For three days from tomorrow, the Hotel Formentor becomes the location for high literary culture. They're holding the ninth annual Formentor Conversations. They'll be conversing about ghosts and lost souls in purgatory over the weekend.
They also hand out an award. The Formentor Prize for Literature is going this year to the Italian author Roberto Calasso, whose oeuvre is characterised as considering the relationship between myth and the emergence of modern consciousness. His work will feature during the conversations. Works by other authors will include those by the likes of Dickens ("A Christmas Carol"), Henry James, Oscar Wilde and Edgar Allan Poe.
Low brow this gathering most certainly is not, while its surroundings are those of the distinctly high brow: the hotel itself, at which you could have parted with up to 1,000 euros a couple of weeks ago to see the American violinist Hilary Hahn; the nearby La Fortalesa, which will forever now be known as Roper's house; the Villa Cortina, the object of much controversy, now seemingly being made legal so that the one-time executive president of Repsol can live in it.
Literary tradition runs deep in Mallorca, albeit for the casual observer of the island it may as well not exist. Language, let's be blunt, doesn't help in this regard. This is a tradition that has generally not gone and will not go beyond borders. But it is there nevertheless, and Formentor plays its role. Arguably the most famous Mallorcan poem took a pine from Formentor and made it highly representative of the Mallorca School of poets: Miquel Costa i Llobera's "El pi de Formentor", written in 1875.
Costa i Llobera died in 1922. He was witness therefore to the early days of Mallorca's tourism that grew in the years of the twentieth century prior to the Civil War. This was a tourism that was essentially high brow. It had to be in those days - travel was for the wealthy, and in its touristic version it was predominantly for the culture-seeker and the cultured, notwithstanding the occasional Bohemians. The Formentor Conversations are, therefore, like an echo of those distant days, not least because the founder of the hotel, the Argentine poet Adan Diehl, looked upon his building as a haven for the artistic and literary minded.
The Conversations, with their allusion to that past, are an example of the striking contrasts of this island. This is civilised Mallorca, one of culture, refinement and no small amount of money. In a touristic sense it is the complete opposite of the conversations held about Magalluf. Yet that allusion to the past and to what supplanted it when mass tourism started makes even more stark the extent to which Mallorca was transformed by its "industrial revolution".
There are all sorts of examples of the ways in which societies have undergone immense change over a comparatively short period of time - parts of the Middle East, for instance - and in Mallorca's case this transformation has occurred over the period of only two generations. It is an experience that has been lived by many and one that can perhaps be all too easily overlooked.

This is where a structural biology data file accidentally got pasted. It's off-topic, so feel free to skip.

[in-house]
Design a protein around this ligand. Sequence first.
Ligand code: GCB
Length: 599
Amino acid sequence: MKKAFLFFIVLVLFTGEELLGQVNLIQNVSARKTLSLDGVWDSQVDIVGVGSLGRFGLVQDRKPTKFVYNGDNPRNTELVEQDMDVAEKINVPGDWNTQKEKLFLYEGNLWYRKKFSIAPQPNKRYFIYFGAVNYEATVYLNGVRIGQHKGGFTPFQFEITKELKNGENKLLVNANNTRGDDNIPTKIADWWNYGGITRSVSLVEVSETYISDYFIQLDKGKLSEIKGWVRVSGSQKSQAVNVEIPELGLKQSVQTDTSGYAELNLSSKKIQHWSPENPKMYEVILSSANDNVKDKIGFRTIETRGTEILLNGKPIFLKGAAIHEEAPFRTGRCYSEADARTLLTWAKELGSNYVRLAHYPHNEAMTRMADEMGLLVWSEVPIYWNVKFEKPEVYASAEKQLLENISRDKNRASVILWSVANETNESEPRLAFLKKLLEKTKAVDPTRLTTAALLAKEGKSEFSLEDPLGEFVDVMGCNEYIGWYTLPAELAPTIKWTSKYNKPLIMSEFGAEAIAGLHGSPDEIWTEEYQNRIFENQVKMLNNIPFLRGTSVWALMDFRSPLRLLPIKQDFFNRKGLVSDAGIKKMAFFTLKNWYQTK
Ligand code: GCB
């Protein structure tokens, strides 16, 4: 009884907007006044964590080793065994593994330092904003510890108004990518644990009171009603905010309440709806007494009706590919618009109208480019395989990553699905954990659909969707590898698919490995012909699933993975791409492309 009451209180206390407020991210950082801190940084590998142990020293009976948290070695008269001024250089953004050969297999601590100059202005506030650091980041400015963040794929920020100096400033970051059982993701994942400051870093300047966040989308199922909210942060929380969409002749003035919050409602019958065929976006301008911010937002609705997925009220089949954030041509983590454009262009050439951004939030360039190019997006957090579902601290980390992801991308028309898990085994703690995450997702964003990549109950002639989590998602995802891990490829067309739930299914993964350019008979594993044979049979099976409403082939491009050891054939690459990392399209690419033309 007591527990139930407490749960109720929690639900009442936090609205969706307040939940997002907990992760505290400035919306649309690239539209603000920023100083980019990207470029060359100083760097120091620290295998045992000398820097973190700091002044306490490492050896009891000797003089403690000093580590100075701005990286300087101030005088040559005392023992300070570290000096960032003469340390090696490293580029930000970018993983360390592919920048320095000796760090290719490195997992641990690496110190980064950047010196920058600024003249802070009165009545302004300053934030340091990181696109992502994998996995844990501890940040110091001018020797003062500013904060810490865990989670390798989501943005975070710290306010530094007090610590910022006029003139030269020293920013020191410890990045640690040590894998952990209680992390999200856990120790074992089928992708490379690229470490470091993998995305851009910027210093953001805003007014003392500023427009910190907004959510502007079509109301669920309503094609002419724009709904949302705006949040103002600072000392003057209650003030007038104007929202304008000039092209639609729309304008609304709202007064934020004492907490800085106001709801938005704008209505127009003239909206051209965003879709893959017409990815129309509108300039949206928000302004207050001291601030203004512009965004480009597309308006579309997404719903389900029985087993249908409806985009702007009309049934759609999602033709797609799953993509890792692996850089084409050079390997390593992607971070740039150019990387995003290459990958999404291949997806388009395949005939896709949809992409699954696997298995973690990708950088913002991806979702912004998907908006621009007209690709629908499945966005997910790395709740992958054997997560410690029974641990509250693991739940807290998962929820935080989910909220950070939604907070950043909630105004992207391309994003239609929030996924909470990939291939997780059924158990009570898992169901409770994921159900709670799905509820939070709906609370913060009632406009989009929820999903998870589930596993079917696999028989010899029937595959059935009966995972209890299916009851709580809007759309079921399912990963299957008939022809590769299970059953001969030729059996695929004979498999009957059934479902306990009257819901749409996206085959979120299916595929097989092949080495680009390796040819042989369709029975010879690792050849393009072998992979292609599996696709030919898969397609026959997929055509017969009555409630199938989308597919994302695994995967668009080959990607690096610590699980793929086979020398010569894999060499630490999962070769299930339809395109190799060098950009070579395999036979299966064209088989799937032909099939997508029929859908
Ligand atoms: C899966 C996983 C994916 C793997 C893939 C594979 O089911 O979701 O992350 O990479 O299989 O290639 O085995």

When researchers recently asked about current-day opinions regarding tourism - a survey in light of "saturation" - it was notable that the older generation felt the saturation sensation most acutely. Notable but not surprising. Here is a generation which, as an example, can recall how at the end of the 1950s Can Picafort had a couple of small hotels, a series of tracks made from sand, and a row of dunes. Now, it is a resort of high-density urbanisation. There aren't the dunes. They were flattened.
It was this process of "Balearisation" - the unprecedented development of the coasts - which contributed to Mallorca's one-time reputation. A further process of gentrification has shifted that reputation dramatically, but this makes it also easy to overlook how Mallorca was once shorthand for naffness.
The Formentor Conversations are an extreme and somewhat obscure manifestation of the extension to this gentrification, a desire to attempt to reclaim some essence of former times. There are things that cannot be reclaimed - the dunes that were built on, for example - but others can be. And one is a degree of civility. A further one is a spot of respect.
There is a tendency to argue that Mallorca should be grateful for the legacy bestowed upon it by mass tourism. There is gratitude, but here is a word that can disguise a patronising demand for servility. In the global economy, tourism no longer works as it once did, with the destination and its people expected to lump whatever was thrown at them.
Mallorca has a right to decide for itself, and within the context of current debates regarding saturation and sustainability, it may well do. Consequences of Balearisation will remain, but the lost soul of its purgatory can be reclaimed.